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Large-Scale Patterns Associated with Tropical Cyclogenesis in the Western Pacific

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  • 1 Centre for Dynamical Meteorology and Oceanography, Monash University, Melbourne, Australia
  • | 2 Bureau of Meteorology Research Centre, Melbourne, Australia
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Abstract

Five characteristic, low-level, large-scale dynamical patterns associated with tropical cyclogenesis in the western North Pacific basin are examined along with their capacity to generate the type of mesoscale convective systems that precede genesis. An 8-yr analysis set for the region is used to identify, and create composites for, the five characteristic patterns of monsoon shear line, monsoon confluence region, monsoon gyre, easterly waves, and Rossby energy dispersion. This brings out the common processes that contribute to tropical cyclogenesis within that pattern, which are described in detail.

A 3-yr set of satellite data is then used to analyze the mesoscale convective system activity for all cases of genesis in that period and to stratify based on the above large-scale patterns. It is found that mesoscale convective systems develop in all cases of genesis except one. Seventy percent of cases developed mesoscale convective systems at more than one time during the genesis period and 44% of cases developed multiple mesoscale convective systems at a single time. Stratification by pattern type indicates some differentiation in mesoscale convective activity and it is inferred that this is due to the large-scale processes. Two of the five patterns, the monsoon shear line and the monsoon confluence region, had more than the average amount of mesoscale convective activity during the genesis period. These patterns also account for 70% of the total genesis events in the 8-yr period. The analysis for the other three patterns exhibit less mesoscale convective system activity during genesis. This may indicate either that genesis processes for these patterns are not as dominated by mesoscale convective system activity, or that genesis occurs more rapidly in these cases.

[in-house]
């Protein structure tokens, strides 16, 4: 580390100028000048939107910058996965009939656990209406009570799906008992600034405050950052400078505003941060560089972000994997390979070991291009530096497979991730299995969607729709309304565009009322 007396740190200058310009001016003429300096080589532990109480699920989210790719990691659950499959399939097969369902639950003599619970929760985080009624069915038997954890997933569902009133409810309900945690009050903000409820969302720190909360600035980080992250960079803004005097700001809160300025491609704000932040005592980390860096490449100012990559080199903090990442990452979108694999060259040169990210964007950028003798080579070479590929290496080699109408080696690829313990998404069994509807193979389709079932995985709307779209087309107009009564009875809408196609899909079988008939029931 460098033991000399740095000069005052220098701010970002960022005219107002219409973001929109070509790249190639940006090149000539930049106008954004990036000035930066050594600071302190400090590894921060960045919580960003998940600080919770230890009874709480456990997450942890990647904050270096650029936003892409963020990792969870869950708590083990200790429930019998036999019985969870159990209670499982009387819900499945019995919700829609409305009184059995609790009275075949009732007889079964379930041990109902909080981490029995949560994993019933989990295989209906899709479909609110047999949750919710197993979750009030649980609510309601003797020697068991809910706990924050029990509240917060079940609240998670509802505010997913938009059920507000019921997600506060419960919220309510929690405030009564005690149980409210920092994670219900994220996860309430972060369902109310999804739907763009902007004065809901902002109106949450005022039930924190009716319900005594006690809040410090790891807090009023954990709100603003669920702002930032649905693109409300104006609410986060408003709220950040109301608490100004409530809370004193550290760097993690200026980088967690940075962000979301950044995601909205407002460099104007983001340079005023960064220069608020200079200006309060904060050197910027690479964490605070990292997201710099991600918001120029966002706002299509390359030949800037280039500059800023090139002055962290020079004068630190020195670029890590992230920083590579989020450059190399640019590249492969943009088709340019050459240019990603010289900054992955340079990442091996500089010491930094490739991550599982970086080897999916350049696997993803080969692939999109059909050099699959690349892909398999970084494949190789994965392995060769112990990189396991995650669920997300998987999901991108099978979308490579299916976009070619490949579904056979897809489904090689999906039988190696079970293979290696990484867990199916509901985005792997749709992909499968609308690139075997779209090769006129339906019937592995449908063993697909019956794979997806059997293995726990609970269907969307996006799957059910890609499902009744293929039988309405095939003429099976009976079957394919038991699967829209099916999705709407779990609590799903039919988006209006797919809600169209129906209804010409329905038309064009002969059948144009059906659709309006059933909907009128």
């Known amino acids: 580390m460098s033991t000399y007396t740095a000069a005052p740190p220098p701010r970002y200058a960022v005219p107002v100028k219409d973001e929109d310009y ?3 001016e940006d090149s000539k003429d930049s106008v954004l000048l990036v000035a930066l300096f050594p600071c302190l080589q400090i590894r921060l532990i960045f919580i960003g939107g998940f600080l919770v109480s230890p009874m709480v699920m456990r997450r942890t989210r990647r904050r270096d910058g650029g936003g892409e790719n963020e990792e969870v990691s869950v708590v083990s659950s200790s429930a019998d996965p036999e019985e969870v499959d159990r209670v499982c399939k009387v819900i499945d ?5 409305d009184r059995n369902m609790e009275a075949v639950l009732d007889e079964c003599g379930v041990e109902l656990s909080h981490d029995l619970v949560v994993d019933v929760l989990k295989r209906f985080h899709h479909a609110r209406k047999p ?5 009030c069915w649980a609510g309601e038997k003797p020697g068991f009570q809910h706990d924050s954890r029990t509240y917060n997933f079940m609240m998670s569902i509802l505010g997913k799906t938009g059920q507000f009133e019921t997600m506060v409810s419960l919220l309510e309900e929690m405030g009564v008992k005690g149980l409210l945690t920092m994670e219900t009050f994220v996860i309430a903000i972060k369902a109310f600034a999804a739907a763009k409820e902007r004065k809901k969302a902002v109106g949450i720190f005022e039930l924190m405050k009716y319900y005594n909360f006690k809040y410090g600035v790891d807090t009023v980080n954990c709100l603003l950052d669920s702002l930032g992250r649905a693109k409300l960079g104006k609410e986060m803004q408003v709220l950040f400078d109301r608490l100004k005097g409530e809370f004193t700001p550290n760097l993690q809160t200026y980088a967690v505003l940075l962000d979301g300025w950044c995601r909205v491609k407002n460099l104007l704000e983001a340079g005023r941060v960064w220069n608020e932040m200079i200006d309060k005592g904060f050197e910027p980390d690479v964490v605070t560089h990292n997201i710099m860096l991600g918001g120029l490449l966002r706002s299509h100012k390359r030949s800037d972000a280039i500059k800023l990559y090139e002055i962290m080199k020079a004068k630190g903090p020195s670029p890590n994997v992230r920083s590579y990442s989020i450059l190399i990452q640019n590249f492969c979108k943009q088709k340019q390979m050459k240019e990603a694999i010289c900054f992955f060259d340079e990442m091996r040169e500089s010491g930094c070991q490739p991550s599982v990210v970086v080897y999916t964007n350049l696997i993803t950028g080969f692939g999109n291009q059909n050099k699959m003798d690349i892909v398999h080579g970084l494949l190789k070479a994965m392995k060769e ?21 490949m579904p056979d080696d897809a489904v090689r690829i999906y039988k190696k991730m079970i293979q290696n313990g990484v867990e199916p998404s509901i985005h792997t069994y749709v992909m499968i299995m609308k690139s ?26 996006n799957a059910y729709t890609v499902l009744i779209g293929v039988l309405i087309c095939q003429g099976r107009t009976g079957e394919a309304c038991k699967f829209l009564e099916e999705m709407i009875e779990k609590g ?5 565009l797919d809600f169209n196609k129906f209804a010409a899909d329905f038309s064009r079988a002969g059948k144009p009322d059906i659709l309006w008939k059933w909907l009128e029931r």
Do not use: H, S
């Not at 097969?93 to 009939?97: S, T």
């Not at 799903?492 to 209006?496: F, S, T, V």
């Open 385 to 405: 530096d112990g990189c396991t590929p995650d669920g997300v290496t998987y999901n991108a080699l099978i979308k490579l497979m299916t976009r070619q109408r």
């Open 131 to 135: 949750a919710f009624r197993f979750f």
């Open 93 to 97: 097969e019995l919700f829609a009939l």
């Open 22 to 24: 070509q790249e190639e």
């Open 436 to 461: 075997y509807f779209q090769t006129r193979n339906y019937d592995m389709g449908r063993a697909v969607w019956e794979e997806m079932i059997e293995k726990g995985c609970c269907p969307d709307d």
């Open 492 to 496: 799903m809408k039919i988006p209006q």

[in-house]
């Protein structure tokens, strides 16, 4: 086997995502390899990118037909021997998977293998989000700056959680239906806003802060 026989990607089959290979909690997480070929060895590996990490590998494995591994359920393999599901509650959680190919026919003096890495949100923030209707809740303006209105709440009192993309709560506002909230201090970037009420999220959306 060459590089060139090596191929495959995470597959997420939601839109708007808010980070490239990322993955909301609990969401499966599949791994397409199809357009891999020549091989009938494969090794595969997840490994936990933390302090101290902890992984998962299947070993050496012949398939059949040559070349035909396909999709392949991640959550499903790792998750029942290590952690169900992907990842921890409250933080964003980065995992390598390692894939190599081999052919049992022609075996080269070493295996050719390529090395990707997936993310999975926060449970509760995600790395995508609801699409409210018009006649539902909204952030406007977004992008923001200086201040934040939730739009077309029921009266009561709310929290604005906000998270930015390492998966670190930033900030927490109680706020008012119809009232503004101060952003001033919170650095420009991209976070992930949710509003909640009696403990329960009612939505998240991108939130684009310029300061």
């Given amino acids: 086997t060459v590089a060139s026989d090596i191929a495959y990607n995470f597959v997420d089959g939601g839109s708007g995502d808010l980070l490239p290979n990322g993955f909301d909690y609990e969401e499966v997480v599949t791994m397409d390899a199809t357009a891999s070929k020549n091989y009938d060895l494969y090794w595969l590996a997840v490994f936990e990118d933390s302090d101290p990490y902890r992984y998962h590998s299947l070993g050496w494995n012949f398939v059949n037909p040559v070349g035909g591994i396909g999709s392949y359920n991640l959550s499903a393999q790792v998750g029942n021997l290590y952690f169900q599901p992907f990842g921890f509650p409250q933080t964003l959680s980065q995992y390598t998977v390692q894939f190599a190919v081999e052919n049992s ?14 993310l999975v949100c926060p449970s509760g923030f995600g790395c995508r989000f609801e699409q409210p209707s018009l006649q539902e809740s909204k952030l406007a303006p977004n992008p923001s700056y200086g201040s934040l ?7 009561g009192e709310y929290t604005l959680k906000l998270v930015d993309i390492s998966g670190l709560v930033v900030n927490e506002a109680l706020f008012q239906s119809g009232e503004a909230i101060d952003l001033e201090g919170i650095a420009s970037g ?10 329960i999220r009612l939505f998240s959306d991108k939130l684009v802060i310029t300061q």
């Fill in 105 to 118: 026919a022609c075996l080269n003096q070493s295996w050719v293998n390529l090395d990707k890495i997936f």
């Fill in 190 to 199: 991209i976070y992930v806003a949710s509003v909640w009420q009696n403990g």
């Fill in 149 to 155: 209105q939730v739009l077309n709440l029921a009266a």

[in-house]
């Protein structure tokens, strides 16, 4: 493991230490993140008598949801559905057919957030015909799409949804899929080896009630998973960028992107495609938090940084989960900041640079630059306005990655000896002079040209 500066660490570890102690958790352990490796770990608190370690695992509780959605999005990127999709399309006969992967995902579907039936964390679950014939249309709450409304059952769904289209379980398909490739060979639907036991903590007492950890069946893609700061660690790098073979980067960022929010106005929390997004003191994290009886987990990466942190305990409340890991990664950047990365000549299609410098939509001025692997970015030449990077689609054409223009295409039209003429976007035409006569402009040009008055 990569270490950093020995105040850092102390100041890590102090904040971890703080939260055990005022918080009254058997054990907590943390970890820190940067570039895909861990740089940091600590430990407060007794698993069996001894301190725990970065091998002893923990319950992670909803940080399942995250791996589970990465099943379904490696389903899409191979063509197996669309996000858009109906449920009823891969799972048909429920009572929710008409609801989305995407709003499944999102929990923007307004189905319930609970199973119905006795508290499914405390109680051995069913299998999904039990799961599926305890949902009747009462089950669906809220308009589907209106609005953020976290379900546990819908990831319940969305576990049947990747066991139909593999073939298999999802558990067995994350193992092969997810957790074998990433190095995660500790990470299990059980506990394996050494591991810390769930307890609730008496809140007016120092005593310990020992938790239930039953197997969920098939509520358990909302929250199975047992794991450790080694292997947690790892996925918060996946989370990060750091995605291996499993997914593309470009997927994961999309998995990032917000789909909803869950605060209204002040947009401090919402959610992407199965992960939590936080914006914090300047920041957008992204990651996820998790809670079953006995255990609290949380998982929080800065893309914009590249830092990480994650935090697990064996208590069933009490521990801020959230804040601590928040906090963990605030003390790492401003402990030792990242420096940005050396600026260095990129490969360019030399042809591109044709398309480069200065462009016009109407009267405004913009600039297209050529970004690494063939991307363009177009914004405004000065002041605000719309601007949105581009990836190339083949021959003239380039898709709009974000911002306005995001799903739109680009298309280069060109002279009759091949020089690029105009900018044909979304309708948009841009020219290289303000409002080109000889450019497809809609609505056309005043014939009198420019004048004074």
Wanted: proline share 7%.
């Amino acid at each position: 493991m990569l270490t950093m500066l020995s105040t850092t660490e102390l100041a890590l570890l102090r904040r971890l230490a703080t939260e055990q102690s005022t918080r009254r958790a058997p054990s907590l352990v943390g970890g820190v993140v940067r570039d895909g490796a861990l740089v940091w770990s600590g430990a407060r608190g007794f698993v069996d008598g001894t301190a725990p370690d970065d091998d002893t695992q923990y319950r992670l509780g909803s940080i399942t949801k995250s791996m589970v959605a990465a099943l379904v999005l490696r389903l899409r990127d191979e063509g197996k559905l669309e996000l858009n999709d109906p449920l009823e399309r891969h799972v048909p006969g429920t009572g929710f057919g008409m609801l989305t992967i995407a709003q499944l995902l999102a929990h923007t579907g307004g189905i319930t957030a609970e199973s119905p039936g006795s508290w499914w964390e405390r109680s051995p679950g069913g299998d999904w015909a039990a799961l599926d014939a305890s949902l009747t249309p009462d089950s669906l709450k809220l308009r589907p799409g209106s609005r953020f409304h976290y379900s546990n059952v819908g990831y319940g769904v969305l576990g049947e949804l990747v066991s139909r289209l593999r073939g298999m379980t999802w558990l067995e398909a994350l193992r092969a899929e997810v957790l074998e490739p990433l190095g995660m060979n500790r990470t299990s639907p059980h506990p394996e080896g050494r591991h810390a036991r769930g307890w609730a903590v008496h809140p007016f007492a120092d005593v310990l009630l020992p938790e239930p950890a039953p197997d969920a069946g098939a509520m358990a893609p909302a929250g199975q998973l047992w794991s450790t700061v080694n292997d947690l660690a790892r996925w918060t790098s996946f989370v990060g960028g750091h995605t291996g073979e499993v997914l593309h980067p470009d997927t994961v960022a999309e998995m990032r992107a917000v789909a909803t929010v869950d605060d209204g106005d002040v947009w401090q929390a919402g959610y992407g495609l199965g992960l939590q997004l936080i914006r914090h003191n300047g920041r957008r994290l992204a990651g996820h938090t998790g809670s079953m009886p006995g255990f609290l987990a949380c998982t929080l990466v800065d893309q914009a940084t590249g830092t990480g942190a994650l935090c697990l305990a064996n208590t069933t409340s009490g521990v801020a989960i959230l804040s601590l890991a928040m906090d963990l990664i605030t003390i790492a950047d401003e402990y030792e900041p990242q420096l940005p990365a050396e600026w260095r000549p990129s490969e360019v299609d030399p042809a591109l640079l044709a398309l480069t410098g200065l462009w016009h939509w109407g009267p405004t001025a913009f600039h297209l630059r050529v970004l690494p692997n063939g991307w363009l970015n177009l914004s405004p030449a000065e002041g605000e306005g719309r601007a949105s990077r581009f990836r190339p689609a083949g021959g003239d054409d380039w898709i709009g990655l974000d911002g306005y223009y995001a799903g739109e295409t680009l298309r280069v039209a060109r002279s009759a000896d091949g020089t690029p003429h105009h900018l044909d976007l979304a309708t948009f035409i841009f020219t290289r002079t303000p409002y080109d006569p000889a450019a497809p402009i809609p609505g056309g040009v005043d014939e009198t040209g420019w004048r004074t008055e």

Current affiliation: Department of Meteorology, Naval Postgraduate School, Monterey, California.

Corresponding author address: Dr. Liz Ritchie, Dept. of Meteorology, Code MR/Ri, Naval Postgraduate School, 589 Dyer Rd., Room 254, Monterey, CA 93943-5114.

Email: ritchie@met.nps.navy.mil

Abstract

Five characteristic, low-level, large-scale dynamical patterns associated with tropical cyclogenesis in the western North Pacific basin are examined along with their capacity to generate the type of mesoscale convective systems that precede genesis. An 8-yr analysis set for the region is used to identify, and create composites for, the five characteristic patterns of monsoon shear line, monsoon confluence region, monsoon gyre, easterly waves, and Rossby energy dispersion. This brings out the common processes that contribute to tropical cyclogenesis within that pattern, which are described in detail.

A 3-yr set of satellite data is then used to analyze the mesoscale convective system activity for all cases of genesis in that period and to stratify based on the above large-scale patterns. It is found that mesoscale convective systems develop in all cases of genesis except one. Seventy percent of cases developed mesoscale convective systems at more than one time during the genesis period and 44% of cases developed multiple mesoscale convective systems at a single time. Stratification by pattern type indicates some differentiation in mesoscale convective activity and it is inferred that this is due to the large-scale processes. Two of the five patterns, the monsoon shear line and the monsoon confluence region, had more than the average amount of mesoscale convective activity during the genesis period. These patterns also account for 70% of the total genesis events in the 8-yr period. The analysis for the other three patterns exhibit less mesoscale convective system activity during genesis. This may indicate either that genesis processes for these patterns are not as dominated by mesoscale convective system activity, or that genesis occurs more rapidly in these cases.

Current affiliation: Department of Meteorology, Naval Postgraduate School, Monterey, California.

Corresponding author address: Dr. Liz Ritchie, Dept. of Meteorology, Code MR/Ri, Naval Postgraduate School, 589 Dyer Rd., Room 254, Monterey, CA 93943-5114.

Email: ritchie@met.nps.navy.mil

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